Order of assistance to obtain custody of child held in violation of custody order
(1) A person entitled to physical custody of a child may make an ex parte application for an order of assistance to a court of any county:
(a) In which a child is located if the person is entitled to the physical custody of the child under a valid and current order issued in this state; or
(b) In which a valid and current foreign custody order has been filed with a petition as provided in subsection (3) of this section.
(2) The application must include a certified copy of the custody order. The order of assistance may direct a law enforcement agency having jurisdiction where the child is located to use any reasonable means and force to deliver the child as directed by the court, including directing forcible entry into specified premises. The court may issue an order of assistance upon an affidavit or a declaration under penalty of perjury in the form required by ORCP 1 E, executed by the applicant and a finding of the court that:
(a) The applicant is entitled to physical custody of the child under a valid and current custody order; and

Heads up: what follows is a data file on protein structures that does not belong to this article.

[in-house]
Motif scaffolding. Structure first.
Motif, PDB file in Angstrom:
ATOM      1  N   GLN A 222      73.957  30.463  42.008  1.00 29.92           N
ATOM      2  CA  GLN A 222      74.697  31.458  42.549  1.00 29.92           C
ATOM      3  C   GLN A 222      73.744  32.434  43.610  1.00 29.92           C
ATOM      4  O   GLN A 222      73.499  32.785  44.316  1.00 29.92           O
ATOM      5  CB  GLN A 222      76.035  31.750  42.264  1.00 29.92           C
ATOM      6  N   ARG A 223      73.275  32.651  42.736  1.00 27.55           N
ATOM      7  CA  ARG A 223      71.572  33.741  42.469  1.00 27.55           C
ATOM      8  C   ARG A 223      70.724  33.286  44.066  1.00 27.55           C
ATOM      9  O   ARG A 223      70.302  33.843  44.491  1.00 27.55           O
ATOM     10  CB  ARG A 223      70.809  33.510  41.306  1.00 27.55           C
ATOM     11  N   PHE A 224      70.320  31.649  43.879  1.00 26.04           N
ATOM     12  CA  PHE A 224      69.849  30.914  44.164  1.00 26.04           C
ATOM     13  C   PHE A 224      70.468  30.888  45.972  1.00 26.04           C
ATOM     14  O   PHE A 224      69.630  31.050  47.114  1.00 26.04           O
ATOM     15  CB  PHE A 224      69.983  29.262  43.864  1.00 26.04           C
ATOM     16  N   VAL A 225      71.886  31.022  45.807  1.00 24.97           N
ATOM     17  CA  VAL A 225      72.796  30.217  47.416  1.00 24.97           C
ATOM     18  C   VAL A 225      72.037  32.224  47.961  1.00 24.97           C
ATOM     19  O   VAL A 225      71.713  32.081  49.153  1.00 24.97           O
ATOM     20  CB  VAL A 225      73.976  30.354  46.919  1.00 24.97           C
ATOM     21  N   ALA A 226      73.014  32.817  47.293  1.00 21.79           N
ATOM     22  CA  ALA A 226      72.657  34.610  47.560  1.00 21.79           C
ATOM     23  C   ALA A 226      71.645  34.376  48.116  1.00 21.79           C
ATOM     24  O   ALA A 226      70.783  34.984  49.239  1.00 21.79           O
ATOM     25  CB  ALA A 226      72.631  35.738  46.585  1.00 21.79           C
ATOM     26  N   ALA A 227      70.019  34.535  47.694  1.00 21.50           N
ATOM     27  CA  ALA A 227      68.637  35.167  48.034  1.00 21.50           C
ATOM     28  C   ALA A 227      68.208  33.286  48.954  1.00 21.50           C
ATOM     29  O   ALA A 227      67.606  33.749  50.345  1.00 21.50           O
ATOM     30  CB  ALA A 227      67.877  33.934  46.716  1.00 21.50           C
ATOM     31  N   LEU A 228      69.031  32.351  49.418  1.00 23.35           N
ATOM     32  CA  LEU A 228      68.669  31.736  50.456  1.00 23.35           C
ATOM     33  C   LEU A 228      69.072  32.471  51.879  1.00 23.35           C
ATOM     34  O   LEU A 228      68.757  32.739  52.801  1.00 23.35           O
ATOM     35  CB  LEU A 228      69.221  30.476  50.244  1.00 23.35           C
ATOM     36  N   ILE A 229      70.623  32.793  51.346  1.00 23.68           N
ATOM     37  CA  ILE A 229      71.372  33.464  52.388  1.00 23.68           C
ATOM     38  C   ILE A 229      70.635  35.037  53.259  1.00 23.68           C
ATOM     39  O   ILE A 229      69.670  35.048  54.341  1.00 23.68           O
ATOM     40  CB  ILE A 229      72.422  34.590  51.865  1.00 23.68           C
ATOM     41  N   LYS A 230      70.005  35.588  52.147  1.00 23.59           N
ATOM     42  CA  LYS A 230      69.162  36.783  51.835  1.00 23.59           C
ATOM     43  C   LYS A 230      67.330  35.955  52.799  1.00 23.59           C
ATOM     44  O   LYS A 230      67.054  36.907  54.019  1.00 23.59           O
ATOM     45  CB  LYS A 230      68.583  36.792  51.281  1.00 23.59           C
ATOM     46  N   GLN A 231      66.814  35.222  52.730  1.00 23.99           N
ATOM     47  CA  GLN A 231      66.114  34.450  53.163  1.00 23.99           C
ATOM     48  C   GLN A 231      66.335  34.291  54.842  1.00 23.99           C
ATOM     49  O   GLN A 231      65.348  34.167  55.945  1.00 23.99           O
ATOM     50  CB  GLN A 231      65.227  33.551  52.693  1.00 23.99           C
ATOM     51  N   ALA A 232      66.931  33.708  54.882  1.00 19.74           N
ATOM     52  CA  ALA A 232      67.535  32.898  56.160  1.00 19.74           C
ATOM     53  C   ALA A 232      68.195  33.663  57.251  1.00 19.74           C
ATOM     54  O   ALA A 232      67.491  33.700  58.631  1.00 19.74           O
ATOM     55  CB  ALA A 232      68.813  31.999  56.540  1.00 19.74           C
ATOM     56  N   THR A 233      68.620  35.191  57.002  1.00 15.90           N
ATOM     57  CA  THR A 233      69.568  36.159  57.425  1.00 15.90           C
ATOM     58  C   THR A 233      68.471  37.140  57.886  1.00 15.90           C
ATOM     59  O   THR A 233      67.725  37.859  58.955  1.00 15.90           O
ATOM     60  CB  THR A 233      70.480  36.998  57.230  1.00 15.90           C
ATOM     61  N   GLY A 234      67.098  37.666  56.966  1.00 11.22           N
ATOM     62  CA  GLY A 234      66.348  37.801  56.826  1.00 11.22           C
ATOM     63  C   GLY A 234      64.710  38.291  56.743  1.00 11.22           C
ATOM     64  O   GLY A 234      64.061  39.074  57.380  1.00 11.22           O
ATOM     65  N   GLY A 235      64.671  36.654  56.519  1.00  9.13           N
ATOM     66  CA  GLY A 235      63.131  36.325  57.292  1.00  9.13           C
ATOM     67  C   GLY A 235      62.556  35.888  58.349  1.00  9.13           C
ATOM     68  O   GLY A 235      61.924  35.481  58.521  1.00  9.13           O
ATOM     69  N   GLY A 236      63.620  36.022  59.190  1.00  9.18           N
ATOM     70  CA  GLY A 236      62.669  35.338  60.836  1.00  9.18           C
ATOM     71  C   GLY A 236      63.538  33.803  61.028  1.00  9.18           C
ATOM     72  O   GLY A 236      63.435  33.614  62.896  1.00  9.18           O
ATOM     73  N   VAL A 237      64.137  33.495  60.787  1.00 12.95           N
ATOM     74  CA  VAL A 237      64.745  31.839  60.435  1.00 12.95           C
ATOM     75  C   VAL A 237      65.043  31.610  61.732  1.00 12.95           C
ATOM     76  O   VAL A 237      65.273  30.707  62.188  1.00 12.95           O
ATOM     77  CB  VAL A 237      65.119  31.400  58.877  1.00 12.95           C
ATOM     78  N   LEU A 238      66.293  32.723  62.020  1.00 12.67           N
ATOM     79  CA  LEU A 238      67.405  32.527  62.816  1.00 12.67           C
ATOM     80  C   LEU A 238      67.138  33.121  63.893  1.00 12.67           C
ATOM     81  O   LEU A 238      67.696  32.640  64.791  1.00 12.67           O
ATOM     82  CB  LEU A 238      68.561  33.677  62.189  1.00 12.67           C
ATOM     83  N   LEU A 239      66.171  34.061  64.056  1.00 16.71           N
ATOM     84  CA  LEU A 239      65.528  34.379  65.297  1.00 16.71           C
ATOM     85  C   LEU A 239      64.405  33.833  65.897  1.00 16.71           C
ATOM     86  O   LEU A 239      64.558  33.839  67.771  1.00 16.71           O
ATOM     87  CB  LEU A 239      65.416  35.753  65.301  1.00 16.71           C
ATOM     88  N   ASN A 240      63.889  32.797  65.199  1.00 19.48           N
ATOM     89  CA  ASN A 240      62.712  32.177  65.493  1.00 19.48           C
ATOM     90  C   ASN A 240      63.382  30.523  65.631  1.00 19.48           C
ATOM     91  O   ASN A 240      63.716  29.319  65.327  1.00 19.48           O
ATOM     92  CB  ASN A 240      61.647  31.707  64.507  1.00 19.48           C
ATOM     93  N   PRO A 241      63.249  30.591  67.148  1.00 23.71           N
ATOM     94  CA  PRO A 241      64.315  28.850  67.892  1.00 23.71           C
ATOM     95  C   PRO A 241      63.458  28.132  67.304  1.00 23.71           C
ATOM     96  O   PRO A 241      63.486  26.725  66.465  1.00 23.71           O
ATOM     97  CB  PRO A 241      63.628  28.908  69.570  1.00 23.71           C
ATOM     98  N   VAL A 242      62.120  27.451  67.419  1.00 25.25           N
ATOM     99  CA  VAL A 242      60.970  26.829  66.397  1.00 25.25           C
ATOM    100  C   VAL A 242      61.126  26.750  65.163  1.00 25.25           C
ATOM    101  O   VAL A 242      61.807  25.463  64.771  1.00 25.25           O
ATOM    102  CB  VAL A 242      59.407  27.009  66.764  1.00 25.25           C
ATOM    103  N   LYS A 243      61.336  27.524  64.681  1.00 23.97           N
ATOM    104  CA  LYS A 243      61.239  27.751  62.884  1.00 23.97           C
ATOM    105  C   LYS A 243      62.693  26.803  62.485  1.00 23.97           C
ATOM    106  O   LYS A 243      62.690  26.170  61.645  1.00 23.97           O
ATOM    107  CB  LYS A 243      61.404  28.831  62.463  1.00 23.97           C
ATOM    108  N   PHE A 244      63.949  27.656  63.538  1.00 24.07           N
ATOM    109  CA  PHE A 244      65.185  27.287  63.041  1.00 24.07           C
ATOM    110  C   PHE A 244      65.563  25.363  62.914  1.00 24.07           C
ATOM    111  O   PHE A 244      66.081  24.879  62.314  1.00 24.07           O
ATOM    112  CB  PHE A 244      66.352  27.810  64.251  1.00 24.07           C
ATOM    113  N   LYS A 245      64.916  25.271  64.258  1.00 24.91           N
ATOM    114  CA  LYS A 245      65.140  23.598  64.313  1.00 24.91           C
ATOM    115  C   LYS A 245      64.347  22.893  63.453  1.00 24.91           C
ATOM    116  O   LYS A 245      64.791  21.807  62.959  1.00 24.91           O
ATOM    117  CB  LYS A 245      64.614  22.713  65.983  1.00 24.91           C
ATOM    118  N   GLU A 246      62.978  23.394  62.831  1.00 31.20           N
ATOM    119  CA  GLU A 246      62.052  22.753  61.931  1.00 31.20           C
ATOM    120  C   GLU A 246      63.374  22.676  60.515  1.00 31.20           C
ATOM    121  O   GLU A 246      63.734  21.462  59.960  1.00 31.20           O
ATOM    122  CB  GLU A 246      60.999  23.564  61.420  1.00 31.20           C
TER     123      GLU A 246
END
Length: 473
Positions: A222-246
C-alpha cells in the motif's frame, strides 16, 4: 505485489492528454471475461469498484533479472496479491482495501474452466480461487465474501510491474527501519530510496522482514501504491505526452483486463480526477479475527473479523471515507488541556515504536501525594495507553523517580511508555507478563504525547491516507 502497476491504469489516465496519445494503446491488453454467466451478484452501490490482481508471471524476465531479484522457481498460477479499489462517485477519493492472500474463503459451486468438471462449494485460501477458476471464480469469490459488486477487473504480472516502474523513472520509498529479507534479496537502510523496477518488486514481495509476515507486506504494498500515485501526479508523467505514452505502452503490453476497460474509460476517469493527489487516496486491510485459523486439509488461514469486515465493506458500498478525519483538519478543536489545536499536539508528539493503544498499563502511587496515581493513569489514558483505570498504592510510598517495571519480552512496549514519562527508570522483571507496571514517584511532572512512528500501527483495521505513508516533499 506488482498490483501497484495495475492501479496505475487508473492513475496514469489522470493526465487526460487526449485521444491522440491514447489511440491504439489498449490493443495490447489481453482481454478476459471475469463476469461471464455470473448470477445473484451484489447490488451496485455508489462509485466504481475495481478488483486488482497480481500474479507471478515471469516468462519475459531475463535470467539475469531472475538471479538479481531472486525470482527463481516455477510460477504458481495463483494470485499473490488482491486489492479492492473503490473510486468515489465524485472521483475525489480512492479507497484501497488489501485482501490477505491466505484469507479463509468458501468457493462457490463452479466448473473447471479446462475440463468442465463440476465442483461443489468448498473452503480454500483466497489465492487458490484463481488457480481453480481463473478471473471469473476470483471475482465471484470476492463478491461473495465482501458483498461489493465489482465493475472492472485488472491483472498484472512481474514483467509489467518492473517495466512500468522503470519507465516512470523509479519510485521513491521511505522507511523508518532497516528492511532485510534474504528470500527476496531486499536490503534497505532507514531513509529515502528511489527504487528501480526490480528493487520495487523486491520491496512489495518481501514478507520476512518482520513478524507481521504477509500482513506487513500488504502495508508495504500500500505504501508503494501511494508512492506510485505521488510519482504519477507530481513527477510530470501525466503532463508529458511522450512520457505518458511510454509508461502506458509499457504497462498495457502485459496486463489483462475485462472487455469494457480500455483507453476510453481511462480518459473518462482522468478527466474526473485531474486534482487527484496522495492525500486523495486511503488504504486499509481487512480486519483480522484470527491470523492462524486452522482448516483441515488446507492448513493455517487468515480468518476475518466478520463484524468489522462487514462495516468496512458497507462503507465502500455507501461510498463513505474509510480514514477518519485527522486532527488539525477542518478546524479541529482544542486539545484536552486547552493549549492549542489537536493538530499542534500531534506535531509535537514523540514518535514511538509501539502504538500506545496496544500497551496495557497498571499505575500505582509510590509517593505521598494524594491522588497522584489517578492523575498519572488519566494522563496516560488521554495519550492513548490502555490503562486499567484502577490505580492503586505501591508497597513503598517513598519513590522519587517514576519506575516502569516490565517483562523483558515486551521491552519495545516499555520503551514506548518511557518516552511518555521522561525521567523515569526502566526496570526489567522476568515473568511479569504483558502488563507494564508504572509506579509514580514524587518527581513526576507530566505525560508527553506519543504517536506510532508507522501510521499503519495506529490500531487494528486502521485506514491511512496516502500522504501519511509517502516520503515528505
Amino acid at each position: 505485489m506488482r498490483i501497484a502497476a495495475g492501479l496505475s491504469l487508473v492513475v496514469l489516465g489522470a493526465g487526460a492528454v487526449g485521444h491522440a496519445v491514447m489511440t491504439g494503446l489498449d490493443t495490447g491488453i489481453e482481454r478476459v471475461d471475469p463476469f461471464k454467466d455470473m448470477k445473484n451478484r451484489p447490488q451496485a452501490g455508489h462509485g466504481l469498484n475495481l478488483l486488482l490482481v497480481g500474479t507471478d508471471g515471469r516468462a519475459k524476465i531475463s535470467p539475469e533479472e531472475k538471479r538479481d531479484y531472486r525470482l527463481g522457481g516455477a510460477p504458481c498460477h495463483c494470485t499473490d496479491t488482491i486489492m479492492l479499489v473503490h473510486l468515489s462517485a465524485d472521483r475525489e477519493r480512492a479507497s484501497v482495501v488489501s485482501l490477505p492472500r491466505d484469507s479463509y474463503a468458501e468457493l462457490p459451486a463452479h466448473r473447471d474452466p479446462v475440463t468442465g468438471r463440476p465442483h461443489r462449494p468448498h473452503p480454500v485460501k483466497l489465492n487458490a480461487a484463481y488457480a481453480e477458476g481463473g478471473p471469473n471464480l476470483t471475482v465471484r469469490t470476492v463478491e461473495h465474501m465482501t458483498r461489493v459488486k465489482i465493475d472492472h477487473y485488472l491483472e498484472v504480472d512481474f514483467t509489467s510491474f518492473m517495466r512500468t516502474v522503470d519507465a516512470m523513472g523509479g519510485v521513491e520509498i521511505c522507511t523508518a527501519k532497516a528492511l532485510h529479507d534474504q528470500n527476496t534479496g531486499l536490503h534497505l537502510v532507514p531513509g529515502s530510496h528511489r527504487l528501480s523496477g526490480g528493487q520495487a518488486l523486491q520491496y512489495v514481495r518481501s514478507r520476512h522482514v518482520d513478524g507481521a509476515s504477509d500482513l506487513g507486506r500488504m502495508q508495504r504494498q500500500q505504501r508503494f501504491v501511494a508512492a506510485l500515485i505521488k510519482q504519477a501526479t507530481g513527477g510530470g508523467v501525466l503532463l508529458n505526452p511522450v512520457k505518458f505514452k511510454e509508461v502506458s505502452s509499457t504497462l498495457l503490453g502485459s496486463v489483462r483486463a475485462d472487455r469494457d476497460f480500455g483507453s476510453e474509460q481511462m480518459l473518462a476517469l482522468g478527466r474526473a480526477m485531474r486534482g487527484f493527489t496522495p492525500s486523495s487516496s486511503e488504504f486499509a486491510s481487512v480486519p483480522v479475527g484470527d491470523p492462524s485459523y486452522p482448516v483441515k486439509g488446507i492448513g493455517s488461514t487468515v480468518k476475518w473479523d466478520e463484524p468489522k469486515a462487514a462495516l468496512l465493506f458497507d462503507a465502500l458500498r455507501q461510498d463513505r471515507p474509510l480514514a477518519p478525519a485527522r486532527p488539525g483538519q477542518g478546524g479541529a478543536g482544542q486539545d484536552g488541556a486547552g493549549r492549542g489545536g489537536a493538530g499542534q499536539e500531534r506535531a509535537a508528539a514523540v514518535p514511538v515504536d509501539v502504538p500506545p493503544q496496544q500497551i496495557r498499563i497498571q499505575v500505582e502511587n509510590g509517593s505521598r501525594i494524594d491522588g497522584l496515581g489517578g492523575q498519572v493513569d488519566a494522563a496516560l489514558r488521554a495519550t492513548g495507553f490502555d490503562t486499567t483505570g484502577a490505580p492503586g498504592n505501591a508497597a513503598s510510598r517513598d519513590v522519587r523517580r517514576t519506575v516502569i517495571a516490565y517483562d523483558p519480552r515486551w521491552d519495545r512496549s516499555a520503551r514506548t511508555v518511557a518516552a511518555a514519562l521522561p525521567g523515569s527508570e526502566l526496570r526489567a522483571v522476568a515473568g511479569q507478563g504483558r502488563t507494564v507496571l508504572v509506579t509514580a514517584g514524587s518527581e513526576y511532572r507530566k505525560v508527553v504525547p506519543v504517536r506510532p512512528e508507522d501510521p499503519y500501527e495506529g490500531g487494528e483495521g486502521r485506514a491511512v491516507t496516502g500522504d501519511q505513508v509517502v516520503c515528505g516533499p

(b) The child is being held by another person in substantial violation of the custody order.
(3) When the application for an order of assistance is made to a court in which the custody order has been entered or registered, the applicant shall make the application in the form of a motion. In all other cases, the applicant shall make the application in the form of a petition. The court may not charge a filing fee for a motion or petition filed under this section.
(4) The law enforcement agency to which an order of assistance is directed shall make a return to the court specifying whether the order was executed, and if so, a statement reflecting the date on which the order was executed and any other information required by the court in the order of assistance.
(5) A court may not issue an order of assistance for the purpose of enforcing parenting time or visitation rights.
(6) Except for intentional torts committed outside the scope of the peace officer’s duties, a peace officer is not civilly or criminally liable for any action taken in recovering the custody of a child pursuant to an order issued under this section. [1997 c.529 §1; 1999 c.59 §20; 1999 c.1081 §6; 2007 c.255 §5; 2015 c.121 §8]
3 OregonLaws.org assembles these lists by analyzing references between Sections. Each listed item refers back to the current Section in its own text. The result reveals relationships in the code that may not have otherwise been apparent.